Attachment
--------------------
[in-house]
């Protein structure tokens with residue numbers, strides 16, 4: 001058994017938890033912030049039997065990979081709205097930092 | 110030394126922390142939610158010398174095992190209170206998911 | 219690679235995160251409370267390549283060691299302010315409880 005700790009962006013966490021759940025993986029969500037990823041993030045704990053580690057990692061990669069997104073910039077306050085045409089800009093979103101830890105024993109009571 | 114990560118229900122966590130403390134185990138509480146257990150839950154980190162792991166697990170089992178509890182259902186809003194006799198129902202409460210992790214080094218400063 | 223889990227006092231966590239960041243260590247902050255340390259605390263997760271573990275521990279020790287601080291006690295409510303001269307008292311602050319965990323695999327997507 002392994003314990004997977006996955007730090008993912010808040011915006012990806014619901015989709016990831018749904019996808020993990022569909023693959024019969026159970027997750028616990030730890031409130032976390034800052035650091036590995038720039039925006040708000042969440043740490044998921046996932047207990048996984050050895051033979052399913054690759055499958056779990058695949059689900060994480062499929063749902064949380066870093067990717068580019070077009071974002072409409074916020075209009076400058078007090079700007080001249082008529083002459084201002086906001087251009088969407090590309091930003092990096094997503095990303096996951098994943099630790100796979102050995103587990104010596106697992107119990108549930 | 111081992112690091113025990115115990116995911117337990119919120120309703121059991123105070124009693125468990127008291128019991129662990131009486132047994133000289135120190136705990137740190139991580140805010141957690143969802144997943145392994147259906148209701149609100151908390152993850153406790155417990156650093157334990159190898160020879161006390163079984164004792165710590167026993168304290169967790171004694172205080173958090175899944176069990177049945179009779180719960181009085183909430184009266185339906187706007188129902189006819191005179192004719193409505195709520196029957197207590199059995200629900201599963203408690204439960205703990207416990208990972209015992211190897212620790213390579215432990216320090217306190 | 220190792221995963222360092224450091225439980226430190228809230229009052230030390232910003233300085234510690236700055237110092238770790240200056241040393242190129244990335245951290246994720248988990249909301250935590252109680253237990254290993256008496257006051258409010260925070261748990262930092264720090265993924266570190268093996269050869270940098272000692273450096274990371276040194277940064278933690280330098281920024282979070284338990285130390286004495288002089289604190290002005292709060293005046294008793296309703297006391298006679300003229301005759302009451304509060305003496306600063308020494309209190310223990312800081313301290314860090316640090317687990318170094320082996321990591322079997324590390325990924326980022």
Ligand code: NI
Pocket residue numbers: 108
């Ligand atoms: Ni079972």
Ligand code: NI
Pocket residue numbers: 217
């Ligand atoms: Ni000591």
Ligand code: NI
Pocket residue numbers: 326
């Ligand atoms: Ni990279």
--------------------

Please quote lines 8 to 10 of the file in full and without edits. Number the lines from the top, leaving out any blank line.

């Ligand atoms: Ni000591």
Ligand code: NI
Pocket residue numbers: 326